For many New Yorkers, Central Park is Manhattan’s crown jewel and what makes the city livable year round. For tourists, this urban oasis is a must-see destination on any sightseeing visit. For acclaimed photographer Robert A. McCabe, Central Park is defined by its Ramble―a densely forested thirty-eight acres replete with stunning lake vistas, enormous granite boulders, a canopy of trees, winding paths and streams, and ornate and rustic bridges. McCabe’s photographs in The Ramble in Central Park: A Wilderness West of Fifth have captured this wooded labyrinth in its off-the-beaten-path glory in its most photogenic seasons.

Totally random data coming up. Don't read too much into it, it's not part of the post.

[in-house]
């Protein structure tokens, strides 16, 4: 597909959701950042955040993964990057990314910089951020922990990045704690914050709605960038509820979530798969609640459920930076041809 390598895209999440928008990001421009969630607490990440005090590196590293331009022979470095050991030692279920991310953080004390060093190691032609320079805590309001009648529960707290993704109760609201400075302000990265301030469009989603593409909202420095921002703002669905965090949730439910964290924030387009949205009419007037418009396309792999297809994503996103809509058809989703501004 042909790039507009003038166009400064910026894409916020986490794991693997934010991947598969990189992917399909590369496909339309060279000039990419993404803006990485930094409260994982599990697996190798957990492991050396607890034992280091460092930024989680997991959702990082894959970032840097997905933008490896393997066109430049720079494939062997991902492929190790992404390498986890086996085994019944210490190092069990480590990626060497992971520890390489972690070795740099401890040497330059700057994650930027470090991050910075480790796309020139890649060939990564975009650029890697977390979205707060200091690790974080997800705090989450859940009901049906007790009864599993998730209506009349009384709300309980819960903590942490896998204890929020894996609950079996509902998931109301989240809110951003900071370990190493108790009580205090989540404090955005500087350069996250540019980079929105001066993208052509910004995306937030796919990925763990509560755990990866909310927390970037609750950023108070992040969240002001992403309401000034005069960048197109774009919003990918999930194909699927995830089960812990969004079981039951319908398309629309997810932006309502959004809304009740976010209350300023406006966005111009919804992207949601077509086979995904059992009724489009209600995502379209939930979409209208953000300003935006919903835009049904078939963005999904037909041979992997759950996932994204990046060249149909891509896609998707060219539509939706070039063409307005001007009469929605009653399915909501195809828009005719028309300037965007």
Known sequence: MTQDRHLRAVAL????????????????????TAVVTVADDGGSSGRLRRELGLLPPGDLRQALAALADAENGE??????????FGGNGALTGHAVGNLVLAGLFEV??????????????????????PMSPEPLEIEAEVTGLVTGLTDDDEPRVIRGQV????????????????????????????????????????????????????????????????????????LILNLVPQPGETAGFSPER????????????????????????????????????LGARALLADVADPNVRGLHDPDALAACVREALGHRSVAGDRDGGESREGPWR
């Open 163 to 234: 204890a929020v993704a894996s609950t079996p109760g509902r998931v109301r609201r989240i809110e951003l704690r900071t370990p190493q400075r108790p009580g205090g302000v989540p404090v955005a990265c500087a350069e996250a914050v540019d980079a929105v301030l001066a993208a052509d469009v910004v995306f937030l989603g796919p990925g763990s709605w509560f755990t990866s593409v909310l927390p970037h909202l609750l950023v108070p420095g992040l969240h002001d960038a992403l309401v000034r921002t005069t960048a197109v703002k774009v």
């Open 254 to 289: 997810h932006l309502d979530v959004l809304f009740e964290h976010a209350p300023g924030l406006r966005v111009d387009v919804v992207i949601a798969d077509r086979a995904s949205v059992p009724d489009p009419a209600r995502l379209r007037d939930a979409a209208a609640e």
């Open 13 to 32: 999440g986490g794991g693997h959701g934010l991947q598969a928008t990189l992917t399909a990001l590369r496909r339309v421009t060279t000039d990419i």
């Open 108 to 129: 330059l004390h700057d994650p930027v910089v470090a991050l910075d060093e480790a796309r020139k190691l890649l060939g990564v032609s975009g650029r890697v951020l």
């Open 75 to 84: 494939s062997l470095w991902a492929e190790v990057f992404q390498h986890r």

The Ramble in Central Park is primarily organized by four regions, supplemented by one large map by Christopher Kaeser of the entire area and four close-ups of each section. The text is a series of essays by writers including The New Yorker’s E. B. White and C. Stevens. Topics cover the history of the park’s creation by Frederick Law Olmsted and Calvert Vaux, and the failed attempt of Robert Moses to essentially eliminate the Ramble in the 1950s, as well as the Ramble’s 250 species of woodland birds and the area’s remarkable geology and plant life. A compelling introduction by Central Park Conservancy President and Administrator Douglas Blonsky describes the recent renovation and continued protection of the Ramble. This photography book should appeal to nature lovers, bird watchers, and New York residents and visitors alike. It is the perfect tourist souvenir before or after a visit to Central Park and The Ramble.